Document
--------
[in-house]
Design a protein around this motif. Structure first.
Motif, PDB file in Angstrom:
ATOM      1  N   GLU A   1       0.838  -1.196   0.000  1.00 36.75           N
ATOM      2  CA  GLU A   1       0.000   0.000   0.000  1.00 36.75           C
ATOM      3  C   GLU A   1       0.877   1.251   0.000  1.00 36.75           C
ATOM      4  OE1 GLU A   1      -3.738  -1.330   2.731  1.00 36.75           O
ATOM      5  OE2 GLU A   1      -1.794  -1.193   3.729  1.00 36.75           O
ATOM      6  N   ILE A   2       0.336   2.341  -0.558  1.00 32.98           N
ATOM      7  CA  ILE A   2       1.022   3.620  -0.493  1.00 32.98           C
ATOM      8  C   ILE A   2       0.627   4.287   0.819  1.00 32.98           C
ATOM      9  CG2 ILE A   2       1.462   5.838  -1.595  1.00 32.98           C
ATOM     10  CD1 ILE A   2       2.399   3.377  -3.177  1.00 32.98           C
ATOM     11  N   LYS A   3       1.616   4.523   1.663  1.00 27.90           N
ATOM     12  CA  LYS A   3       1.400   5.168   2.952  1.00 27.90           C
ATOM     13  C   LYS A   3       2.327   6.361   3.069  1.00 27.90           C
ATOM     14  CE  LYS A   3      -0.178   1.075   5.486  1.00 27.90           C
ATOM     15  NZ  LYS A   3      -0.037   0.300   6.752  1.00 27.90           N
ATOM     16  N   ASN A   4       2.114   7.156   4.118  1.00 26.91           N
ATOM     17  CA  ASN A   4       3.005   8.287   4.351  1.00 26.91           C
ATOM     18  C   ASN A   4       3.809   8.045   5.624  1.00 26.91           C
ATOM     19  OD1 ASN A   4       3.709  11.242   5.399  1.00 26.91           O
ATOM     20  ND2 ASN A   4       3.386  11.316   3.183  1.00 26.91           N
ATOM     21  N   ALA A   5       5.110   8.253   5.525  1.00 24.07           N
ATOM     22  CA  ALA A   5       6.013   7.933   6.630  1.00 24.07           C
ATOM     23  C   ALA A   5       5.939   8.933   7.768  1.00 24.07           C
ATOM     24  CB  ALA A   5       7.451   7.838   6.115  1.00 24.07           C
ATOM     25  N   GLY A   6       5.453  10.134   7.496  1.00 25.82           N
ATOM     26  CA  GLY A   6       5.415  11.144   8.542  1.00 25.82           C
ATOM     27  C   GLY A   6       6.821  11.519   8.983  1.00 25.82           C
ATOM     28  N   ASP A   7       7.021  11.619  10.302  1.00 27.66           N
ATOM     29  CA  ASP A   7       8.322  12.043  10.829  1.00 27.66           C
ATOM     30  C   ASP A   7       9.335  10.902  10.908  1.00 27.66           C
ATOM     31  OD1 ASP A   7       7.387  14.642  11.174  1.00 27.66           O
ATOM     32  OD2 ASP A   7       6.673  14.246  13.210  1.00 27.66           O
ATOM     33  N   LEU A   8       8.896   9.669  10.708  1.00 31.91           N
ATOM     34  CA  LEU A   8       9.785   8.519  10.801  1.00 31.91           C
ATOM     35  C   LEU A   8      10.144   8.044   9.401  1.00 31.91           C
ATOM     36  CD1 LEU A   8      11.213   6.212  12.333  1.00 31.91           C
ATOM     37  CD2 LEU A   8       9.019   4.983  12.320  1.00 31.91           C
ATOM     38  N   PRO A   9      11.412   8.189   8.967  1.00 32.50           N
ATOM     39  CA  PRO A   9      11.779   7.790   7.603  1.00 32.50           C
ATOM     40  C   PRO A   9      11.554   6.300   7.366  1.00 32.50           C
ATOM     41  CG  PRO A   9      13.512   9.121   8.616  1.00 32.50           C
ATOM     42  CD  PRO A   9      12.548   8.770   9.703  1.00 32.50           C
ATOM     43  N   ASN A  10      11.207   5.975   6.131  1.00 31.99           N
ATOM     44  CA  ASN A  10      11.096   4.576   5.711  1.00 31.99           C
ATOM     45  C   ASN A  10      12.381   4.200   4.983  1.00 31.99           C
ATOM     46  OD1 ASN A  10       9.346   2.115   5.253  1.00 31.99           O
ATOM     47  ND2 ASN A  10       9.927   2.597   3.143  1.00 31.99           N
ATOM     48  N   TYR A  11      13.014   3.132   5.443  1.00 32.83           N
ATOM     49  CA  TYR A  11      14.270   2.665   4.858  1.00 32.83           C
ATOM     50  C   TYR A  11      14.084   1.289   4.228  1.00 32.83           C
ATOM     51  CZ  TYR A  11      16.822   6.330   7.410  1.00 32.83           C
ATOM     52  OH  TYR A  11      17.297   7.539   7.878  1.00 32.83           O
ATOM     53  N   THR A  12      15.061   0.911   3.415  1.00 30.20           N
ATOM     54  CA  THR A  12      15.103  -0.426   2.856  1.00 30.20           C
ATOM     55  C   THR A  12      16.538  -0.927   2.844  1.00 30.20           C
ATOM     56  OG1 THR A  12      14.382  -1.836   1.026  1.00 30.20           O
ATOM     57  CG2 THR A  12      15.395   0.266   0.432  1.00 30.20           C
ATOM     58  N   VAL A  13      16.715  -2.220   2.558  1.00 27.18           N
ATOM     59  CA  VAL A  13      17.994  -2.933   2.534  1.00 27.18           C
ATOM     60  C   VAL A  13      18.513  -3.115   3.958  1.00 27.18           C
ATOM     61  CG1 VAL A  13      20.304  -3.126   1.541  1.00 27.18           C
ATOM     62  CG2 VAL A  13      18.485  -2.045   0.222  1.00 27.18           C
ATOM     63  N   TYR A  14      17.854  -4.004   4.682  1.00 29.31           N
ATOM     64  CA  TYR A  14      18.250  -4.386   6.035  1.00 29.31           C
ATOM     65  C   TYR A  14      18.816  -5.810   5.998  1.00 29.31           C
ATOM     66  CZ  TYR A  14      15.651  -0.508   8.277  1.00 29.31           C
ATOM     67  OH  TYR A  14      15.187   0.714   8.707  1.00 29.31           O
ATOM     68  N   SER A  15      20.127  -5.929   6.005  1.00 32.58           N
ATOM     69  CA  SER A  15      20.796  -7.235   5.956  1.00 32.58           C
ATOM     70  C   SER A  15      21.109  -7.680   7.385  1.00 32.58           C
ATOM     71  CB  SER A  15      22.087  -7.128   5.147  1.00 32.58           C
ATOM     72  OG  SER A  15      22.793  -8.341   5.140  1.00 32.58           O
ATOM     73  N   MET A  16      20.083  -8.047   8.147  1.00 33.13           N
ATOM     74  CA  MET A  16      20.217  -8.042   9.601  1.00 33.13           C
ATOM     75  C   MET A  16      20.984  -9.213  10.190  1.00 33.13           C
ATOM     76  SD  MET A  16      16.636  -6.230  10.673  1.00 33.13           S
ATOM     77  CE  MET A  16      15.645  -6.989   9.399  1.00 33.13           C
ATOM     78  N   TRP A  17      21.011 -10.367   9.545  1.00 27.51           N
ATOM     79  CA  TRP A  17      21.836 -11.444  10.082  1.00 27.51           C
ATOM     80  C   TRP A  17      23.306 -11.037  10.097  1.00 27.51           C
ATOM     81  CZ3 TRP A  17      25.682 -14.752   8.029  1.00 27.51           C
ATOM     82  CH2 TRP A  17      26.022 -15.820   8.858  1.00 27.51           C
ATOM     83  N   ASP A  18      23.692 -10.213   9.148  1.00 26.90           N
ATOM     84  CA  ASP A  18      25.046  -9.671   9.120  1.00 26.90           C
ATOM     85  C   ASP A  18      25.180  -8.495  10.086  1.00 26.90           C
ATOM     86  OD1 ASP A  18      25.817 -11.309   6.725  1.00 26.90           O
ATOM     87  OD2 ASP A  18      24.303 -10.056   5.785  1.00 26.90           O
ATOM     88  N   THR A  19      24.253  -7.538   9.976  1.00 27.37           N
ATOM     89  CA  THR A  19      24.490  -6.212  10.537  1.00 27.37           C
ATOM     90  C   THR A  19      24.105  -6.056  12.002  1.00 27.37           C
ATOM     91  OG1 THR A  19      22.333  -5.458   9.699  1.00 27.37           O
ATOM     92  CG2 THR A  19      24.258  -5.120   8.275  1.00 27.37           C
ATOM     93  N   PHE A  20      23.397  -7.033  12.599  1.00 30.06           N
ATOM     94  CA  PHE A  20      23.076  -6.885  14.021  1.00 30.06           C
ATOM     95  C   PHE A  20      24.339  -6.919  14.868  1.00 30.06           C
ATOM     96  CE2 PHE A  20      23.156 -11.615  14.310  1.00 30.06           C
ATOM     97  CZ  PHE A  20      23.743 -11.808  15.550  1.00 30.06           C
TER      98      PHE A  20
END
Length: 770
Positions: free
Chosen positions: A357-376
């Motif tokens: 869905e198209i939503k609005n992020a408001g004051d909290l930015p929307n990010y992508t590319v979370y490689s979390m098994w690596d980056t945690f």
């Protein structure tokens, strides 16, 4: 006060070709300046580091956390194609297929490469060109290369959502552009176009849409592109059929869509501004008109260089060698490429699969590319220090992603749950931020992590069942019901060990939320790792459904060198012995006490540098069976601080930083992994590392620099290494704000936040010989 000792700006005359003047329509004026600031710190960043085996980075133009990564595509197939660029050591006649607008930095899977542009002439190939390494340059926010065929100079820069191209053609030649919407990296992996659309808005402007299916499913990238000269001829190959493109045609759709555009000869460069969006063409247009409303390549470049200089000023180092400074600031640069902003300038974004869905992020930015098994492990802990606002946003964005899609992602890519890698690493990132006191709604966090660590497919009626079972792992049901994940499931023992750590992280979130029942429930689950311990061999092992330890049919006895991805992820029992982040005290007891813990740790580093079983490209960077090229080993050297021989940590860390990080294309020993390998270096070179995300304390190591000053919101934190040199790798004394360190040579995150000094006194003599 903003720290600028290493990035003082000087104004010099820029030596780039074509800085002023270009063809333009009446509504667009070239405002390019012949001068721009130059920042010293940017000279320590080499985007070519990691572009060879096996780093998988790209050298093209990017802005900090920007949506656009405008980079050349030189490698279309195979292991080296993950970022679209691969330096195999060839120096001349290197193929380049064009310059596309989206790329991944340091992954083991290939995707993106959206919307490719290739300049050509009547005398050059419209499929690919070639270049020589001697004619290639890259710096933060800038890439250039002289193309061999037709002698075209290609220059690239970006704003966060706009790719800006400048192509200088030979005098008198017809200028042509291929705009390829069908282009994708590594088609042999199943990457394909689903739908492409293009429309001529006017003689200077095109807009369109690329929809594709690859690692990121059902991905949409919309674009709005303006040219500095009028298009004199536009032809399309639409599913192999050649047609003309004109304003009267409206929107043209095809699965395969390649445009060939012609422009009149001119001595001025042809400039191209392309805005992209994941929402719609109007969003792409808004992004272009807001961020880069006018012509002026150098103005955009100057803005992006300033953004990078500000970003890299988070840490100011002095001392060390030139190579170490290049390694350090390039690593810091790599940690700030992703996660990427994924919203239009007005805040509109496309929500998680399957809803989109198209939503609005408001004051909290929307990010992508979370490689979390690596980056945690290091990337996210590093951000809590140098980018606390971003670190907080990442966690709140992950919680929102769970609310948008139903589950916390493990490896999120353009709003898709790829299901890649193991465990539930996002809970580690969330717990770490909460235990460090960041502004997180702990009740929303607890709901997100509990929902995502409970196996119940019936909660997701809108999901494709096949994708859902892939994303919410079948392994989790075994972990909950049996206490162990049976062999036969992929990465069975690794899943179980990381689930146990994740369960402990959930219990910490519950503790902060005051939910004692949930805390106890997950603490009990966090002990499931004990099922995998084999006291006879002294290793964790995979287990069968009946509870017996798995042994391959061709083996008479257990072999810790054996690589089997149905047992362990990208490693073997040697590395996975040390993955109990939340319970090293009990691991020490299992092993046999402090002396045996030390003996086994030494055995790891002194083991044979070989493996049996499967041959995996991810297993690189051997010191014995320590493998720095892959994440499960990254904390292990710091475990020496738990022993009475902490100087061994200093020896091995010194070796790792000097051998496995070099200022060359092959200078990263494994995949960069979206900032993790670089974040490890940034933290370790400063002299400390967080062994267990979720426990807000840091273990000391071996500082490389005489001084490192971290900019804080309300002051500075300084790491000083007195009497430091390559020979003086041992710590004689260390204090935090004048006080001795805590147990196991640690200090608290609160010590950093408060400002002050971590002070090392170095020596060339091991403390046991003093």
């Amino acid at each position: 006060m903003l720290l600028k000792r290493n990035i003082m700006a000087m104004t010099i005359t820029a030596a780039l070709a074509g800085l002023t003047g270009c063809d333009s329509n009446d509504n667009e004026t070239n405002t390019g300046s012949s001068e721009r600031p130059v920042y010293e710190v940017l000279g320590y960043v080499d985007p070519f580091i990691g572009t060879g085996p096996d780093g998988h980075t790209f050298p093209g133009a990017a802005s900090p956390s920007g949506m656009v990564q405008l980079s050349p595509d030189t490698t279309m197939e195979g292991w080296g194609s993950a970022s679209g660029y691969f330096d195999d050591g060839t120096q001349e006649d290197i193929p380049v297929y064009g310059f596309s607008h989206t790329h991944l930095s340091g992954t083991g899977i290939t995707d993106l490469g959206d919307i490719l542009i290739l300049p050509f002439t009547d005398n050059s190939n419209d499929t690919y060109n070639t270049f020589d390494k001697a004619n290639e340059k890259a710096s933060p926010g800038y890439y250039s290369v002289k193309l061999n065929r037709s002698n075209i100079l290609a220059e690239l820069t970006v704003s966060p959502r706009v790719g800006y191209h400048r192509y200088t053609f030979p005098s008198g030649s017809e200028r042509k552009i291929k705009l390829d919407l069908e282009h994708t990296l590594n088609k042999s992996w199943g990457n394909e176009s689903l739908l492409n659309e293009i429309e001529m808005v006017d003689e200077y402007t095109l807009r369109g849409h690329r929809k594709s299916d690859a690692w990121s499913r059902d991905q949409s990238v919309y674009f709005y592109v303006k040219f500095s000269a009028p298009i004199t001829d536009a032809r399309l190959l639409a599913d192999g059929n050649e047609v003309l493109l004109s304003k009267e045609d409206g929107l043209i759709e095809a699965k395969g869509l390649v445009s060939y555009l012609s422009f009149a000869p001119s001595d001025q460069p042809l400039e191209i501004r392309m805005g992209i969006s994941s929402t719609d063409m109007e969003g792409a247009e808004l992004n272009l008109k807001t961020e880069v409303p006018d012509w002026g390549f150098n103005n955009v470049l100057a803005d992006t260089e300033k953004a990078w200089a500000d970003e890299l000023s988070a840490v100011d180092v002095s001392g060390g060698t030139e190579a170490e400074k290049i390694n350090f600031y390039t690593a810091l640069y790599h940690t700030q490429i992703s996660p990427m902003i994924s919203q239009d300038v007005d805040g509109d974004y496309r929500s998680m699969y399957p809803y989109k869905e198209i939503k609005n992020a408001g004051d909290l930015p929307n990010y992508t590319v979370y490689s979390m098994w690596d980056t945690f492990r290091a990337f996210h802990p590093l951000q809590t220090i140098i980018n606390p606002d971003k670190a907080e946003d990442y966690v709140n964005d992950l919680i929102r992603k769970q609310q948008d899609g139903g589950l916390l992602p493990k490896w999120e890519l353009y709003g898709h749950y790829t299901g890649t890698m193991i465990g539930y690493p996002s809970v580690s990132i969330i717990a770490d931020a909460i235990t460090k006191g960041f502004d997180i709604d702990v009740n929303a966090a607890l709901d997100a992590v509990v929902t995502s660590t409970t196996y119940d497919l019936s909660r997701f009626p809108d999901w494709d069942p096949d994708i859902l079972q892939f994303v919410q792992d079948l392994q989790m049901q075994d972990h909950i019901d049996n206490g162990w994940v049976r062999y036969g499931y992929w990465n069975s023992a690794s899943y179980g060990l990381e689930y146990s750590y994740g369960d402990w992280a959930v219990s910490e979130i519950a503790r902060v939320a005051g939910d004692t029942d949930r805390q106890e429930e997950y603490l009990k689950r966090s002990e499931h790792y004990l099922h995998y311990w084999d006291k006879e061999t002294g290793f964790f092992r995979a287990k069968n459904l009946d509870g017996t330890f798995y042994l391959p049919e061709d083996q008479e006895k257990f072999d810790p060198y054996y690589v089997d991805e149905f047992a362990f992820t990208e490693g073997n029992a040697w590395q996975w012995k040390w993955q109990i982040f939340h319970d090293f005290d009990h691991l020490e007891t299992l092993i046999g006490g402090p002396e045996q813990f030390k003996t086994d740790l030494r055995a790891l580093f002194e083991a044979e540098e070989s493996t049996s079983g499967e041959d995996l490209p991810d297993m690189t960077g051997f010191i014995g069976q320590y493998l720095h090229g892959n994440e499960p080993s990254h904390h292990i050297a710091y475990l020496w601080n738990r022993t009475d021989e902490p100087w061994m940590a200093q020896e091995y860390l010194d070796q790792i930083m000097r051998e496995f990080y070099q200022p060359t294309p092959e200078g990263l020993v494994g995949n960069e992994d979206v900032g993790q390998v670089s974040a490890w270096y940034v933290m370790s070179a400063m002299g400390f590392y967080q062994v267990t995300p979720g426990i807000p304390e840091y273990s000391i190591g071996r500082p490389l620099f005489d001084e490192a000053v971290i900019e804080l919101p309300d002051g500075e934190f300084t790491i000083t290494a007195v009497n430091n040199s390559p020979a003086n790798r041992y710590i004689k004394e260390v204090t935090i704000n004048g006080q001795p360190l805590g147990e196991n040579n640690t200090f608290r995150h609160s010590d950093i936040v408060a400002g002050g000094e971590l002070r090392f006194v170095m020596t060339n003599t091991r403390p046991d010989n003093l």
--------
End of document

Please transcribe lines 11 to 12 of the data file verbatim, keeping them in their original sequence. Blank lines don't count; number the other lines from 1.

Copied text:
ATOM      8  C   ILE A   2       0.627   4.287   0.819  1.00 32.98           C
ATOM      9  CG2 ILE A   2       1.462   5.838  -1.595  1.00 32.98           C